If anyone has ever told you that broken toes are untreatable and there’s no
reason to go to all the trouble of seeing a doctor, they are, frankly,
completely wrong. It’s an excellent idea to consult your podiatrist
whenever you injure your foot, particularly if you suspect a break. Many
fractures of the toe can be treated. Depending on the severity of the
break, many may respond to conservative treatment, but some might be
serious enough to require surgery. Failing to get proper treatment may
result in improper healing of the fracture. Deformity in the toe or foot
might follow, making it more difficult to wear shoes comfortably, and
reducing the function of your foot. Improper healing may also cause
arthritis, or other long-term pain. In short, talk to your podiatrist. He
or she will be able to ascertain the most effective way to treat your
particular broken toe.
There are a couple of different kinds of breaks you should know about. One
type of break is a traumatic fracture, which results from a particular
event, such as stubbing your toe on that wretched enormous dresser in the
middle of the night, or possibly dropping an armful of bricks on your foot.
(Armfuls of feathers usually don’t do quite so much harm.) This type of
fracture may be displaced (the broken bone has shifted from its proper
position) or non-displaced (the bone is cracked, or even broken through,
but it hasn’t moved from where it’s supposed to be).
Another type of break is a stress fracture, which occurs when repeated
strain is put on a bone, resulting in small breaks that develop over time.
Athletes who precipitously increase their activity (particularly runners),
people with osteoporosis, and those who have abnormalities in the structure
of their feet may be most susceptible to this type of fracture.
The symptoms of traumatic and stress fractures are similar in some ways and
different in others. With both types, fractures tend to be painful in one
specific spot (aka pinpoint pain). (If you find that your pain is more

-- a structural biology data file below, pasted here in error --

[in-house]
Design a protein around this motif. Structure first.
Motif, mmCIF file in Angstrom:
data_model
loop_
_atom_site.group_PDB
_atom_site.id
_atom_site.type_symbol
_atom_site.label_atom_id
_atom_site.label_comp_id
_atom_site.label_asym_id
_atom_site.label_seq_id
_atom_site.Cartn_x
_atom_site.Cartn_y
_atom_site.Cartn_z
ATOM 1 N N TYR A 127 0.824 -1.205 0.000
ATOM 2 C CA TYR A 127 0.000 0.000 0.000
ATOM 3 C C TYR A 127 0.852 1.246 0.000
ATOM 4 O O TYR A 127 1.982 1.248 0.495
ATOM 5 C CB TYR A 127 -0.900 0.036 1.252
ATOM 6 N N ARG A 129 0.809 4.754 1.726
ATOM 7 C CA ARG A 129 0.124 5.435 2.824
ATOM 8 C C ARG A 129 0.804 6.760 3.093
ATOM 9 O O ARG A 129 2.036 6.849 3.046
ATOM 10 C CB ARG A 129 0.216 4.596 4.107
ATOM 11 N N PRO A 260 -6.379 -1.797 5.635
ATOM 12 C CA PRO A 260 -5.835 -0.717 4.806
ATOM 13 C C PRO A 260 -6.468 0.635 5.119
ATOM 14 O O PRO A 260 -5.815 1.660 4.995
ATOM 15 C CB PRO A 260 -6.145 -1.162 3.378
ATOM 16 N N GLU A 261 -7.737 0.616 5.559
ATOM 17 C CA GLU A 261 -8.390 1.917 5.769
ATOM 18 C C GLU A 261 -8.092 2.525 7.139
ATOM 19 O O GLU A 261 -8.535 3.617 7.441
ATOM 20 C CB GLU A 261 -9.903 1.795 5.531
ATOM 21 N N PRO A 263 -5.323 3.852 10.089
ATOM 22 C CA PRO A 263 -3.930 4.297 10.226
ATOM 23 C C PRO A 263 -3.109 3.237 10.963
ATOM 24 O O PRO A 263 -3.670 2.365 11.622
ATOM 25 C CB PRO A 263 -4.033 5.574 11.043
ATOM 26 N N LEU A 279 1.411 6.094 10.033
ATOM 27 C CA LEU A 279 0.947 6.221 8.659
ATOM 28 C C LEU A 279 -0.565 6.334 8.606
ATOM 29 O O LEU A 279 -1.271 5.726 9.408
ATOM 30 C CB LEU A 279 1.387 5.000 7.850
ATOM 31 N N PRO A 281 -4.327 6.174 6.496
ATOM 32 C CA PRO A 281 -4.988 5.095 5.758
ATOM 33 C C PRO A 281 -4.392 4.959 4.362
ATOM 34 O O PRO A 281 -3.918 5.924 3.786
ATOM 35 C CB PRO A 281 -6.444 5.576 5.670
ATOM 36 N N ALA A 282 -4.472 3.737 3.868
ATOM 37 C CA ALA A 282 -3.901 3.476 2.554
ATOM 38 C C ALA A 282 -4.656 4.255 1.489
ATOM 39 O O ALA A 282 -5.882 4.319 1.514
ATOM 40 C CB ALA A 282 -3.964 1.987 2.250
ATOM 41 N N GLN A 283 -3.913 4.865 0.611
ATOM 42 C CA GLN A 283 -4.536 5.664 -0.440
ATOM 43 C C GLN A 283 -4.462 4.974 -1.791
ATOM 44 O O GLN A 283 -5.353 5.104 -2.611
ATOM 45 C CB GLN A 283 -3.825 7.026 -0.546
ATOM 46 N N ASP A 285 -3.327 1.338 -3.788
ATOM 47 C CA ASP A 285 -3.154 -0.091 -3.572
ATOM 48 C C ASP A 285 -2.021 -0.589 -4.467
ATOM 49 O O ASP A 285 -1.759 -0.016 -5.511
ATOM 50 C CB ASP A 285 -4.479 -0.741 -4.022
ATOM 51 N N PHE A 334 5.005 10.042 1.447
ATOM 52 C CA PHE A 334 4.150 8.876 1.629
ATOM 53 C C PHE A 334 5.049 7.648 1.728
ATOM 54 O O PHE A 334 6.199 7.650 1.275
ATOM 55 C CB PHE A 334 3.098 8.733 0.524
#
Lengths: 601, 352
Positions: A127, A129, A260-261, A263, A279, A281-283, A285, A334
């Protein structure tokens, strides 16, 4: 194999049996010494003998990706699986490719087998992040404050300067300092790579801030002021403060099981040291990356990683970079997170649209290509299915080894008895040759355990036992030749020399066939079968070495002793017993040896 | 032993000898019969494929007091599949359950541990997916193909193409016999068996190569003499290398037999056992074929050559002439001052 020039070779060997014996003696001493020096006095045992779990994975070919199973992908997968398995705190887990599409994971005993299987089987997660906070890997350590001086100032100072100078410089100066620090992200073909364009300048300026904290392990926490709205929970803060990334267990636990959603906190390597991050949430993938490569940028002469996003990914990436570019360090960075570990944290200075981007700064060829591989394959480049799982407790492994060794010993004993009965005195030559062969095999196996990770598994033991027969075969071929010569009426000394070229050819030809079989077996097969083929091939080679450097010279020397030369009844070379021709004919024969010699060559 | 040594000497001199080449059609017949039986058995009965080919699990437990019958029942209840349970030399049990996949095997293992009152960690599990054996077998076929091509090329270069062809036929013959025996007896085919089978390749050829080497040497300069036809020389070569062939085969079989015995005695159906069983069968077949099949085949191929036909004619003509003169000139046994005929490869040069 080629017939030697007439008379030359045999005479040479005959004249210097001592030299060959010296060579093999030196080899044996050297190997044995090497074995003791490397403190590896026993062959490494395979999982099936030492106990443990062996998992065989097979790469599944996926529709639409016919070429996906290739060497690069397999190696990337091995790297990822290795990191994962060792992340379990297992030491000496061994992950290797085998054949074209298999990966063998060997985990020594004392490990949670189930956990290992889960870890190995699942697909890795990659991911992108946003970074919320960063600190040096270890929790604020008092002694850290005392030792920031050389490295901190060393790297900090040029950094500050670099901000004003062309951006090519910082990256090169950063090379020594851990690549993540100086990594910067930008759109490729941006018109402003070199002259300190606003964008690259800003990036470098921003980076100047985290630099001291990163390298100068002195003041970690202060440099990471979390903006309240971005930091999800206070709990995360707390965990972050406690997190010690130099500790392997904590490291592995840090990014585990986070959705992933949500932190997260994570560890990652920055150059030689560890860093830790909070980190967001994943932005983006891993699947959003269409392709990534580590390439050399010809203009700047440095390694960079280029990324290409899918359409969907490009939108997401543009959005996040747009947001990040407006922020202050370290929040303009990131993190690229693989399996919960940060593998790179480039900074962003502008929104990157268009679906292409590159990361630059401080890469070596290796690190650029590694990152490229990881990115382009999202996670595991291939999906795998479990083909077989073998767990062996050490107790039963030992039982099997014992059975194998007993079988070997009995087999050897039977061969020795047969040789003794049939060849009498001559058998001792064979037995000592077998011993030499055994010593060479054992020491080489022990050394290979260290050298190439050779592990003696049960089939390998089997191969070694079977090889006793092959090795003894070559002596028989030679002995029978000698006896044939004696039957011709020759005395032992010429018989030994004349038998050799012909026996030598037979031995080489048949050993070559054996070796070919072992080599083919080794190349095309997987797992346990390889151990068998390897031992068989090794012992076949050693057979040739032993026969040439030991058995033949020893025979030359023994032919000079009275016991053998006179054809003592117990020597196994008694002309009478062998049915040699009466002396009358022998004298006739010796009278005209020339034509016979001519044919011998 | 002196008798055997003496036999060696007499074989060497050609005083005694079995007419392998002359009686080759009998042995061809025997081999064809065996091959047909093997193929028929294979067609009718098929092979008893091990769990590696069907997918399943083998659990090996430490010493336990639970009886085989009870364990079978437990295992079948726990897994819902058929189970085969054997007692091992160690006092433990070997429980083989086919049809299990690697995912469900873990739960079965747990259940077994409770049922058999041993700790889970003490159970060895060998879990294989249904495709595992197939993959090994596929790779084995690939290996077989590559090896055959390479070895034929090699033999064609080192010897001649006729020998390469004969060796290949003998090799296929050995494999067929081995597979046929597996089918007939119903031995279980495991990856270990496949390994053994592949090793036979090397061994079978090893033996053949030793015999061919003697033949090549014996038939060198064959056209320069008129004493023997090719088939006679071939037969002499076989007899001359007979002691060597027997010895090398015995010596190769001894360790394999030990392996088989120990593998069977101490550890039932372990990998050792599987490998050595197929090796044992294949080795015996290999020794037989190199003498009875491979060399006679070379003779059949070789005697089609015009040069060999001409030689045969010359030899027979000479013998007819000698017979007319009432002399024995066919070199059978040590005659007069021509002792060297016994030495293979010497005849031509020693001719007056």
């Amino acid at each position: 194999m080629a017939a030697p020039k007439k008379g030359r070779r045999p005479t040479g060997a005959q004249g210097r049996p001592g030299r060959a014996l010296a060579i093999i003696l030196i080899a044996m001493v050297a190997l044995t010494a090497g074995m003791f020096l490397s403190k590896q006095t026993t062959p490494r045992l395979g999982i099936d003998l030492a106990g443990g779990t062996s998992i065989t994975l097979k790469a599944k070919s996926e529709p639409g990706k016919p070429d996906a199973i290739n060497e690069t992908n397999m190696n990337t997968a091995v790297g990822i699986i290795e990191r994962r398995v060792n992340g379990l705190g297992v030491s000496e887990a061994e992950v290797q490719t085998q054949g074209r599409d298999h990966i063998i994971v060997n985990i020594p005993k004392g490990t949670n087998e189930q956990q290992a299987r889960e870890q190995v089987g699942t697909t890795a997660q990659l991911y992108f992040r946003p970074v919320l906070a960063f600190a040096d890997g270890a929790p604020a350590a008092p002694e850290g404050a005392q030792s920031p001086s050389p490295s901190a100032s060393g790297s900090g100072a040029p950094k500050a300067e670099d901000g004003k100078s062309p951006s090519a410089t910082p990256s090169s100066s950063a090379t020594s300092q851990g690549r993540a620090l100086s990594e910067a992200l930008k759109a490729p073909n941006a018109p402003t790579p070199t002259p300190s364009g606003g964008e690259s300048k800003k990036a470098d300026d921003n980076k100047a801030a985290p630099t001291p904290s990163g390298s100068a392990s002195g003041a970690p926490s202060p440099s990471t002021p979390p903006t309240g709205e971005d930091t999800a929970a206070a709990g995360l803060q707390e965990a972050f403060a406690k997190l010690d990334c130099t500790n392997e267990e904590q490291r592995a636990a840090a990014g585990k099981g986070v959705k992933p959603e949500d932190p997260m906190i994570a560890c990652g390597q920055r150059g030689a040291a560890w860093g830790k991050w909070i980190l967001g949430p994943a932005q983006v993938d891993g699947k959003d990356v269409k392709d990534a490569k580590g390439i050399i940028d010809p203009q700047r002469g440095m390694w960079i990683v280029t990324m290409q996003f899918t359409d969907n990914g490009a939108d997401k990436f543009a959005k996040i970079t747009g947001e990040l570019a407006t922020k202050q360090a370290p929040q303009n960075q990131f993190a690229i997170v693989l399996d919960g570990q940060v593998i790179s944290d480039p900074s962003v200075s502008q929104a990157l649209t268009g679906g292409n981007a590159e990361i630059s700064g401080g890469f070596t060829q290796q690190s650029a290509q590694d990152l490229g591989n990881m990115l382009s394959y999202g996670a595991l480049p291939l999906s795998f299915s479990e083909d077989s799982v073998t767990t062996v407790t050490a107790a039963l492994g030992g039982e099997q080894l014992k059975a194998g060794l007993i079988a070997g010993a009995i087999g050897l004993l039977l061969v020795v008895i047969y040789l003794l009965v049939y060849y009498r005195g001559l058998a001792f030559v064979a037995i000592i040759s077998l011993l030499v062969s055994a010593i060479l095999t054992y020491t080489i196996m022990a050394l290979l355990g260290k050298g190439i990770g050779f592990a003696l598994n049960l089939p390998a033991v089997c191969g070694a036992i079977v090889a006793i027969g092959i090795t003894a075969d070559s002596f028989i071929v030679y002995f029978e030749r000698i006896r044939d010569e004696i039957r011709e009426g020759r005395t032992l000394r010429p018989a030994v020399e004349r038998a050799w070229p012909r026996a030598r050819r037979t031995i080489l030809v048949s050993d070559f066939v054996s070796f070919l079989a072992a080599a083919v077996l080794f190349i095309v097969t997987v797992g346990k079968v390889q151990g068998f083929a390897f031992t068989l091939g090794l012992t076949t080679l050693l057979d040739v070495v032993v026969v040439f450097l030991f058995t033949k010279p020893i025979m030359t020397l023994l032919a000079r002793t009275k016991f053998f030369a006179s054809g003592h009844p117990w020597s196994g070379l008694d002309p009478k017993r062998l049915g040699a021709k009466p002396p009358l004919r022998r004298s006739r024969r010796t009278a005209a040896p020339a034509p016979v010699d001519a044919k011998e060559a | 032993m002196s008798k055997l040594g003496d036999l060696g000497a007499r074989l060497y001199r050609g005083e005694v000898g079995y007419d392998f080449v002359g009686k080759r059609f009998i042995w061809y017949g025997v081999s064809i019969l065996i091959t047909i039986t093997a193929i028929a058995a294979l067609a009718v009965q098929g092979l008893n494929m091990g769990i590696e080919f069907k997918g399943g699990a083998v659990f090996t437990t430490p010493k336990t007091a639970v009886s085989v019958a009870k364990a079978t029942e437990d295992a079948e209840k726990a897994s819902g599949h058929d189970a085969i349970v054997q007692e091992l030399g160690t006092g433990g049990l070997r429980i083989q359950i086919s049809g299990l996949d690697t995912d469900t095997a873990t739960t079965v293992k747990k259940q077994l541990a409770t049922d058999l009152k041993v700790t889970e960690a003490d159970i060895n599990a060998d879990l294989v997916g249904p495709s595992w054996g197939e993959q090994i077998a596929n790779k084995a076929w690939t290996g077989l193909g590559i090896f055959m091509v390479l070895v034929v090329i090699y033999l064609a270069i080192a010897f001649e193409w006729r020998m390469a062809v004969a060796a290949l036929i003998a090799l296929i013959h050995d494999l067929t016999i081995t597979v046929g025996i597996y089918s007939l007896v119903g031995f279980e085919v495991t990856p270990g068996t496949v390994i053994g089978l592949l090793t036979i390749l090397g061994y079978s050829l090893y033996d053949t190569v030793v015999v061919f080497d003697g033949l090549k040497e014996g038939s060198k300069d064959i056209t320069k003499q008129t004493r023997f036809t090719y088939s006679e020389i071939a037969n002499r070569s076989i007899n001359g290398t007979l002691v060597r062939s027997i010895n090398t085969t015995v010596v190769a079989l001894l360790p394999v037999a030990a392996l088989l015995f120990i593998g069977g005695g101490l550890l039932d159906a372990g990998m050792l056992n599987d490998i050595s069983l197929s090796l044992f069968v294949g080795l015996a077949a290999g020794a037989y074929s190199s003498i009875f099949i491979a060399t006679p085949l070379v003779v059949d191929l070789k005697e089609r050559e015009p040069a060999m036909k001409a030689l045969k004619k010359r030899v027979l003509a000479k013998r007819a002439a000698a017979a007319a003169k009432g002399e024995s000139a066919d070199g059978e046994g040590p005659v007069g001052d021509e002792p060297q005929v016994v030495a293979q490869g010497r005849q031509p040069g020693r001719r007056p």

general, you may have experienced a sprain rather than a fracture. However,
it’s still a good idea to get the injury checked out, since sprains can be
serious business as well.) You may be able to walk around even after
breaking a toe, so don’t assume you haven’t broken it just because you’re
A few symptoms are a little different between the two types. For instance,
traumatic fractures tend to be associated with swelling and bruising, while
stress fractures usually exhibit swelling alone. You may also get
abnormalities in the shape of the toe or foot with traumatic fractures, and
sometimes people actually hear a snapping noise at the time the fracture
occurs. Pain from stress fractures may go away while you rest, then
reappear when you begin to use your foot again, or just after use.
Your podiatrist is darn good at figuring out what’s wrong with your foot.
When you go in with a suspected break in your toe, he or she will likely
perform a physical examination, checking the toe for tenderness and pain.
In order to make a more firm diagnosis, your podiatrist will probably order
X-rays of your toe, or may use other imaging technology.
When your podiatrist has confirmed that your toe is broken, he or she will
discuss treatment options with you. Treatments vary widely depending on the
type and severity of the break. For instance, with some very minor
fractures, it may only be necessary to remain off of the toe as much as
possible. This is often accompanied by padding the toe and wearing shoes
that don’t put any pressure on it (such as open-toe sandals).
The key to proper healing of breaks is immobilization. To achieve this,
your doctor may choose to splint the toe, sometimes by taping the broken
toe to an adjacent unbroken one. However, not all toe breaks work well with
this type of treatment, so don’t try to do it yourself (especially if you
decide to use that clear tape-let’s not be silly, folks). Your podiatrist
will also put padding in between the taped toes, so the skin won’t rub
together and create problems. Artificial splints may also be used.
If splints aren’t likely to do the trick, you may get a cast to keep your
toe from moving around during the healing process. (But hey-remember that
casts also double as a wonderful canvas for doodling and well-wishes in
felt pen.) Your podiatrist may also recommend a stiff-soled shoe,
(especially after surgery), which keeps the toe from moving about as you
If the bones are dislocated (i.e. out of place-these are the wanderers of
the broken bone world), your podiatrist may need to realign the bones (aka
reduction) in order to get the right pieces to knit together with the other
right pieces. Sometimes he or she will be able to manipulate the bones
without surgery. However, especially with particularly bad breaks, surgery
may be needed to keep all the pieces of your broken bones together as they
heal. Surgery often involves placing pins, screws or plates into the bone
fragments to keep everything nicely aligned. If you do get surgery on your
broken toe, it is vital that you follow your surgeon’s post-surgery
instructions. Not to get all horror-movie on you, but failing to do so may
result in extremely serious complications.
Whatever you do, be sure to treat your toes well. If you do, they’re more
likely to treat you well in return.
Call 719-543-2476 today to schedule your appointment!